Boris Johnson announced on September 9 that plans to pilot larger audiences in venues later in September would have to be revised. Indoor performances resumed on August 15.
Outdoor theatres reopened and other leisure venues, including cinemas, art galleries and museums, were allowed to reopen more fully from July 4, albeit with their own social distancing rules in place.
Suggested guidance in galleries and museums includes one-way systems, spaced queuing, increased ventilation and pre-booked tickets. Wearing a mask is mandatory in visitor attractions and entertainment venues. Cinemas are expected to sell only a certain proportion of seats for each movie and face masks are now mandatory.
Both the Cineworld and Picturehouse cinema chains have said film screenings will have staggered start and end times, and customers are likely to be required to queue outside before entering to maintain social distancing.
Once inside, families and friends who book together will be allowed to sit with each other at screenings, but it is likely that seats will be kept free between different bookings. However, there will be no pick ‘n’ mix or other self-service snacks.
Bowling alleys, skating rinks and casinos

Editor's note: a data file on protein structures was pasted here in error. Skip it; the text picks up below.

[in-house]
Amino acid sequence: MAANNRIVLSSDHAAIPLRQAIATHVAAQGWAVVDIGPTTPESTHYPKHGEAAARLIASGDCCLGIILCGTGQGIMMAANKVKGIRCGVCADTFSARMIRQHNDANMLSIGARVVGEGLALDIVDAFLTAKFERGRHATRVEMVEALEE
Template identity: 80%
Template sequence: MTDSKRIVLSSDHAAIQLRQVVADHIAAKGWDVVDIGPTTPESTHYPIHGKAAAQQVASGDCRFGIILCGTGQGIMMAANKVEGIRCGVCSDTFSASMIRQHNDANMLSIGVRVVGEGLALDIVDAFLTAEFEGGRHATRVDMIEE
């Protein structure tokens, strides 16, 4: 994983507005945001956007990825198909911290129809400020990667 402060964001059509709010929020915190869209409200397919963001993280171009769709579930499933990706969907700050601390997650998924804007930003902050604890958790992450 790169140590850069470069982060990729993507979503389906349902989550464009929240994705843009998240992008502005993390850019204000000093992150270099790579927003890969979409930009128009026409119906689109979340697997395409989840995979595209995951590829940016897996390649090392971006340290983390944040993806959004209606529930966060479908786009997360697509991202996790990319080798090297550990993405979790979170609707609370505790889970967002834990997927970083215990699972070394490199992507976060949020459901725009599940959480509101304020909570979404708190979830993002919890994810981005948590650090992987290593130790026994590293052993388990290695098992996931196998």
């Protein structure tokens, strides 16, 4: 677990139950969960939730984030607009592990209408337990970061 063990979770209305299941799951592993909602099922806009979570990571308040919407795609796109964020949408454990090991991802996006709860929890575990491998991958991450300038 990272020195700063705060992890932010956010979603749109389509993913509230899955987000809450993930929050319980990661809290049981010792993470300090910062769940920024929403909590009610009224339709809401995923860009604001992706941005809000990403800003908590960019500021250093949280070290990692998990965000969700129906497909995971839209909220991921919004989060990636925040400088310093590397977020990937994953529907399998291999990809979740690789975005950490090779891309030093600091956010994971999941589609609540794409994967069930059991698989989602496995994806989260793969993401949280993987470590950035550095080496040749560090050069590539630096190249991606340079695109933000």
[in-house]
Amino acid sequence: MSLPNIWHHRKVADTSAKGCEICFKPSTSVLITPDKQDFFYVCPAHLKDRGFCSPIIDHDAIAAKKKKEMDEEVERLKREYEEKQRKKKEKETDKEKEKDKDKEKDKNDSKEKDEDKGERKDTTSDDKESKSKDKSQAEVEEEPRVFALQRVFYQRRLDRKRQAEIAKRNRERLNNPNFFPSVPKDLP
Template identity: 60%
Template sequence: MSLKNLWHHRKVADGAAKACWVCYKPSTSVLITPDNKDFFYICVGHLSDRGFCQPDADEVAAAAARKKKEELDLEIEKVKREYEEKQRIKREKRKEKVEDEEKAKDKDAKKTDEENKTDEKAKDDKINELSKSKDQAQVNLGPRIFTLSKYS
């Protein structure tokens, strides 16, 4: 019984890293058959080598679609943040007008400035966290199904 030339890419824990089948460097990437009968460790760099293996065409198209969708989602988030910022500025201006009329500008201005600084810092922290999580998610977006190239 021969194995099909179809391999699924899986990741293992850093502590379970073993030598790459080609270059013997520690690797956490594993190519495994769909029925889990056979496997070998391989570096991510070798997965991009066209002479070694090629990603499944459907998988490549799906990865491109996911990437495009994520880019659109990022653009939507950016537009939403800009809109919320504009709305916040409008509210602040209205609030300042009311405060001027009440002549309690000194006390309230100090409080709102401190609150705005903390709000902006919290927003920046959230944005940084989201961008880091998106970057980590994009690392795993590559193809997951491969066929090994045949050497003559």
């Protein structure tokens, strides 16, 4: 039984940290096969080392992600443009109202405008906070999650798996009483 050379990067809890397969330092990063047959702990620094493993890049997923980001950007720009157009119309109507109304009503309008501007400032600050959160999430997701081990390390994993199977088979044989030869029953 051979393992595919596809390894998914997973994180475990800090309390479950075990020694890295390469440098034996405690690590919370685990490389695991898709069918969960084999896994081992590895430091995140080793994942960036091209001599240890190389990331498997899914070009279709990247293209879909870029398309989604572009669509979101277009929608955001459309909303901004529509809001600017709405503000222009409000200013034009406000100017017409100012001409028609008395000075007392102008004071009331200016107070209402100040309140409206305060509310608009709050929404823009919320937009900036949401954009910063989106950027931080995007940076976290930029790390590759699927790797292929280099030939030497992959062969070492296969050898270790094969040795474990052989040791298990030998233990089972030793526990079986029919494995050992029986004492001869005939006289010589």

Casinos, bowling alleys and skating rinks reopened on August 15.
All of the above premises are expected to have “Covid-secure” measures in place, which will most likely involve limitations on customer capacity.
Places of worship are reopening, but hymns are forbidden due to the higher risk of the virus being transmitted through singing.
Churches are encouraged to implement a “booking system”, meaning people may need to reserve their space ahead of services.
Worshippers are advised to bring their own bible or holy book to their place of worship with them. Where worshippers are unable to do so, books should be cleaned and quarantined for 48 hours since their previous use. Muslims should also bring their own prayer mat to services.
Communion is allowed if it is deemed “essential”, but worshippers should not drink from the same glass or share the same bread, which could come pre-wrapped. The priest distributing communion should wear gloves and all those involved in the practice should wash their hands before and after.
No hymns should be sung or wood instruments used as they create an “additional risk of infection”.
At christenings, if a family wishes to have their baptism as a private ceremony then the attendees must be limited to six people, excluding the officiant and others working at the ceremony. If the baptism is to happen within the course of communal worship – a service at which the general public can attend, not just an invited group, and normally referring to an advertised regular act of worship – then the numbers who can attend need to be assessed for the building to determine how many it can hold safely with physical distancing.
For christenings and other water rituals, only “small volumes” should be splashed onto the body with full immersion avoided. Those present should stand “distant from any splashes” and all those involved should thoroughly wash their hands before and after such ceremonies. Parents should hold their children throughout the christening service.